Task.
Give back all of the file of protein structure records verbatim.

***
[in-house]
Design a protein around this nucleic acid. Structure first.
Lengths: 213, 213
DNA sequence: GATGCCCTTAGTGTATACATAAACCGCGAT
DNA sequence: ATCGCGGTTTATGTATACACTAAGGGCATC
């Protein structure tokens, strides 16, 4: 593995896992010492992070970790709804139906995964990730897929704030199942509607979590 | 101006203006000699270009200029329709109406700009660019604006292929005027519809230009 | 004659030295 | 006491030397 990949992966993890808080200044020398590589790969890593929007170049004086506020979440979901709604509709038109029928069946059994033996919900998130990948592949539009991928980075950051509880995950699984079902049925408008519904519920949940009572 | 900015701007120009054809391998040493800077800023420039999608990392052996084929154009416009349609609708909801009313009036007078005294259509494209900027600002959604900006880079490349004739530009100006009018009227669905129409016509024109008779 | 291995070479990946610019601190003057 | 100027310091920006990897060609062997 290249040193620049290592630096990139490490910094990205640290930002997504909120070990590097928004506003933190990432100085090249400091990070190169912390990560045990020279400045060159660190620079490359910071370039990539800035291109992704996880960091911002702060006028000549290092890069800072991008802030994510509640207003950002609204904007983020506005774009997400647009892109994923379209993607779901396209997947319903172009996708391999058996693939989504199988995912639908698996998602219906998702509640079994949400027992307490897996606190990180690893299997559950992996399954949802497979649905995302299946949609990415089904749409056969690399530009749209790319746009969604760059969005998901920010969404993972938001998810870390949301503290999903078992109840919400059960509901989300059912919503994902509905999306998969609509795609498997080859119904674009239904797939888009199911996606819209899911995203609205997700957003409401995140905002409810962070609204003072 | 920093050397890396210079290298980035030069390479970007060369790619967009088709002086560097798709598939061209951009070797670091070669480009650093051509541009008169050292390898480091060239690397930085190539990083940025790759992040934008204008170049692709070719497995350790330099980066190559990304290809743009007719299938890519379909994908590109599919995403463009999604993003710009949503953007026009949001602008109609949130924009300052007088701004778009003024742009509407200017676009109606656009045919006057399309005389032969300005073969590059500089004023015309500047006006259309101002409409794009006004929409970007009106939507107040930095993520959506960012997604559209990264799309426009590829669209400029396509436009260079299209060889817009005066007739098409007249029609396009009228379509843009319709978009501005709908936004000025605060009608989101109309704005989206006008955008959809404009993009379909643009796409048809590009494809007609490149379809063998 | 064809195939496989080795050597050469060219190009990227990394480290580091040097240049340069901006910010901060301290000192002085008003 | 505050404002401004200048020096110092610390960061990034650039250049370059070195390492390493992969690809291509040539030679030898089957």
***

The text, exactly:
[in-house]
Design a protein around this nucleic acid. Structure first.
Lengths: 213, 213
DNA sequence: GATGCCCTTAGTGTATACATAAACCGCGAT
DNA sequence: ATCGCGGTTTATGTATACACTAAGGGCATC
């Protein structure tokens, strides 16, 4: 593995896992010492992070970790709804139906995964990730897929704030199942509607979590 | 101006203006000699270009200029329709109406700009660019604006292929005027519809230009 | 004659030295 | 006491030397 990949992966993890808080200044020398590589790969890593929007170049004086506020979440979901709604509709038109029928069946059994033996919900998130990948592949539009991928980075950051509880995950699984079902049925408008519904519920949940009572 | 900015701007120009054809391998040493800077800023420039999608990392052996084929154009416009349609609708909801009313009036007078005294259509494209900027600002959604900006880079490349004739530009100006009018009227669905129409016509024109008779 | 291995070479990946610019601190003057 | 100027310091920006990897060609062997 290249040193620049290592630096990139490490910094990205640290930002997504909120070990590097928004506003933190990432100085090249400091990070190169912390990560045990020279400045060159660190620079490359910071370039990539800035291109992704996880960091911002702060006028000549290092890069800072991008802030994510509640207003950002609204904007983020506005774009997400647009892109994923379209993607779901396209997947319903172009996708391999058996693939989504199988995912639908698996998602219906998702509640079994949400027992307490897996606190990180690893299997559950992996399954949802497979649905995302299946949609990415089904749409056969690399530009749209790319746009969604760059969005998901920010969404993972938001998810870390949301503290999903078992109840919400059960509901989300059912919503994902509905999306998969609509795609498997080859119904674009239904797939888009199911996606819209899911995203609205997700957003409401995140905002409810962070609204003072 | 920093050397890396210079290298980035030069390479970007060369790619967009088709002086560097798709598939061209951009070797670091070669480009650093051509541009008169050292390898480091060239690397930085190539990083940025790759992040934008204008170049692709070719497995350790330099980066190559990304290809743009007719299938890519379909994908590109599919995403463009999604993003710009949503953007026009949001602008109609949130924009300052007088701004778009003024742009509407200017676009109606656009045919006057399309005389032969300005073969590059500089004023015309500047006006259309101002409409794009006004929409970007009106939507107040930095993520959506960012997604559209990264799309426009590829669209400029396509436009260079299209060889817009005066007739098409007249029609396009009228379509843009319709978009501005709908936004000025605060009608989101109309704005989206006008955008959809404009993009379909643009796409048809590009494809007609490149379809063998 | 064809195939496989080795050597050469060219190009990227990394480290580091040097240049340069901006910010901060301290000192002085008003 | 505050404002401004200048020096110092610390960061990034650039250049370059070195390492390493992969690809291509040539030679030898089957």